Mouth guards are also used during activities such as biking, in-line skating, skateboarding and martial arts. Removable appliances (e.g., retainers, bridges or complete or partial dentures) should not be worn with mouth guards during participation in athletic activity. Any mouth jewelry, especially “barbells” in the tongues of people with oral piercings, should not be worn at the same time as a mouth guard. This can cause gagging due to excess saliva production, choking or intestinal injury if the jewelry is accidentally swallowed.
In addition, mouth guards are sometimes recommended or prescribed by a dentist for patients who excessively grind their teeth (bruxism). This can prevent conditions such as jaw pain and excessive wear of the teeth. Mouth guards may also be used to help treat TMJ disorder.
In most cases, people wear mouth guards that cover the top teeth only. However, people with braces or other fixed appliances (e.g., bridges) on the lower jaw may benefit from having a mouth guard that covers the lower teeth as well. People who wear mouth guards that fit properly are able to breathe normally and talk with only a minor obstruction to speech.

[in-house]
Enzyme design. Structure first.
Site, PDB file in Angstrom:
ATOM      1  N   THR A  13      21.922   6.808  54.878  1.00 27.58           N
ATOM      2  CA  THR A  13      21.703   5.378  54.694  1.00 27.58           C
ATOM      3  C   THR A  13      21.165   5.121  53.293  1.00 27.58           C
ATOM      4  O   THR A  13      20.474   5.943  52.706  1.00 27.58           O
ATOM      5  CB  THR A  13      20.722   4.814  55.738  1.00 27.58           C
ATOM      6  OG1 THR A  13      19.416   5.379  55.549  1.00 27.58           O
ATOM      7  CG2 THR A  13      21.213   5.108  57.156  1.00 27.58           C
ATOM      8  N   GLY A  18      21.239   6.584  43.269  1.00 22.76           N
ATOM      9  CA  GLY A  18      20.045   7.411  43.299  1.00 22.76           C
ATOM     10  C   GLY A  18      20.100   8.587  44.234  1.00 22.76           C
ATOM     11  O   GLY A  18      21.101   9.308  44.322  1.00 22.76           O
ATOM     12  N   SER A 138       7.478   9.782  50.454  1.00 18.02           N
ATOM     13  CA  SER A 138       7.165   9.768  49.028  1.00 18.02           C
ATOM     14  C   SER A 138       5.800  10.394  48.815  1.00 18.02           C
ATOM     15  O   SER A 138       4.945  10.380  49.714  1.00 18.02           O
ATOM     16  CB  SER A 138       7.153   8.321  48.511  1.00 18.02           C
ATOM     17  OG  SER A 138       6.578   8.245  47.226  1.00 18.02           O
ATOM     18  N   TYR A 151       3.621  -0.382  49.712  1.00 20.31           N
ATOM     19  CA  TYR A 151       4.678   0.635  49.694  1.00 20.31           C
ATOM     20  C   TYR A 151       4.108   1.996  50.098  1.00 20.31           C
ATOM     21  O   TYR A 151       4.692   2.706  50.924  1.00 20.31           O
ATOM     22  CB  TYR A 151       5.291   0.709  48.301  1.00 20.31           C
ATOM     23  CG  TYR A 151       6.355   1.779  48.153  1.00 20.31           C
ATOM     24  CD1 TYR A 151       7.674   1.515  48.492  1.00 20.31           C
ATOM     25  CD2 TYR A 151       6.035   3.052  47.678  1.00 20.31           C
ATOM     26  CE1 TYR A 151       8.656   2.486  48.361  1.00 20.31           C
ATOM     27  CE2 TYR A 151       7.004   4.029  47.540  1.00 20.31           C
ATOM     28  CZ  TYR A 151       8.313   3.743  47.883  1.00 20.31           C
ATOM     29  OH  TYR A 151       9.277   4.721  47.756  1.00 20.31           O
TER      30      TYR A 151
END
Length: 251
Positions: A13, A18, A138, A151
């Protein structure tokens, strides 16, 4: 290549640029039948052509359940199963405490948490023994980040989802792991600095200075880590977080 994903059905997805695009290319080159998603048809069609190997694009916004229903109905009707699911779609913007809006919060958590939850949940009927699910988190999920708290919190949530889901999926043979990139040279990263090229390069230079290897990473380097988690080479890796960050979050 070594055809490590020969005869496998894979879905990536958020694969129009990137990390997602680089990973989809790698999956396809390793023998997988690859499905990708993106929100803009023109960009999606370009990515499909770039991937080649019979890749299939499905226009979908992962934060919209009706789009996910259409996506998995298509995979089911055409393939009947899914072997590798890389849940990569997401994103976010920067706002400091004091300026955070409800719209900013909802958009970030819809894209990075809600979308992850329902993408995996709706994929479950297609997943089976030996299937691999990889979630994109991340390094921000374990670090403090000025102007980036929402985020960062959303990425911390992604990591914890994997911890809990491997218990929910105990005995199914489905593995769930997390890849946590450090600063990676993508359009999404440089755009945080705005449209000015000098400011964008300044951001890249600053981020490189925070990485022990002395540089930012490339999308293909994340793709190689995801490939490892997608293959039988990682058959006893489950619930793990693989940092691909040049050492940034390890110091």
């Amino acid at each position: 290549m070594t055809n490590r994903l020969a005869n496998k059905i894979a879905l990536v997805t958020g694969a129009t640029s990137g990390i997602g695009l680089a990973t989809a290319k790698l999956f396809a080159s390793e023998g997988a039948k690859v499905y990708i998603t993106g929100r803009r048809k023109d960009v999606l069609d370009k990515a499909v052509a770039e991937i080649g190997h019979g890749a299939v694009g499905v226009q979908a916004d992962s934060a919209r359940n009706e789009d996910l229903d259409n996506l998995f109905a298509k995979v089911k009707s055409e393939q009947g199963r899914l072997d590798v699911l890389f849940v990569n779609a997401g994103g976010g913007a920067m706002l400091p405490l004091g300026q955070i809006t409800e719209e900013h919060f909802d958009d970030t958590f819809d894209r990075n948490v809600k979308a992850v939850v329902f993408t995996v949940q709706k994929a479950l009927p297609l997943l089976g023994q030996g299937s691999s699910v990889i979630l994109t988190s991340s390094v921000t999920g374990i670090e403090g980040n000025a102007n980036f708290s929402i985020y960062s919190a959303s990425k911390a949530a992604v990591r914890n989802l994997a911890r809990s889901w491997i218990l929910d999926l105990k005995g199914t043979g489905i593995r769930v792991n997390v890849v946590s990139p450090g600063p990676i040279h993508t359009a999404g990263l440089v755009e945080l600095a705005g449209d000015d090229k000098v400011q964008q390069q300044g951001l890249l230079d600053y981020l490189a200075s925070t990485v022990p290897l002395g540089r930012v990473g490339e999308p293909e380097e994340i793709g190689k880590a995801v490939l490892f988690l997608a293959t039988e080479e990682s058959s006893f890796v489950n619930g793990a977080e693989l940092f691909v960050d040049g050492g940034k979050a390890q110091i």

There are three different types of mouth guards. Stock mouth guards are inexpensive and come preformed. However, they usually do not fit well and may make it difficult for the wearer to breathe and talk. Most experts do not consider that stock mouth guards provide as much protection as other types of mouth guards, although they may be the only type available for some patients, such as those who wear braces.
Boil-and-bite mouth guards are relatively inexpensive and may be found in sporting goods stores. They usually are made of acrylic gel or thermoplastic materials and fit better than stock mouth guards because the wearer dips the mouth guard into a pot of boiled water before fitting it around the teeth. The heat of the water leaves the plastic pliable so that it fits around the teeth. However, the directions must be followed carefully to ensure a proper fit. Patients in the middle of orthodontic treatment, such as braces or removable aligners, should not wear these fitted mouth guards.
Custom-fitted mouth guards are made by a dentist and are designed to precisely accommodate an individual’s bite. A cast of the patient’s teeth is used to create this type of mouth guard. Custom-fitted mouth guards are typically used for patients who are diagnosed with bruxism.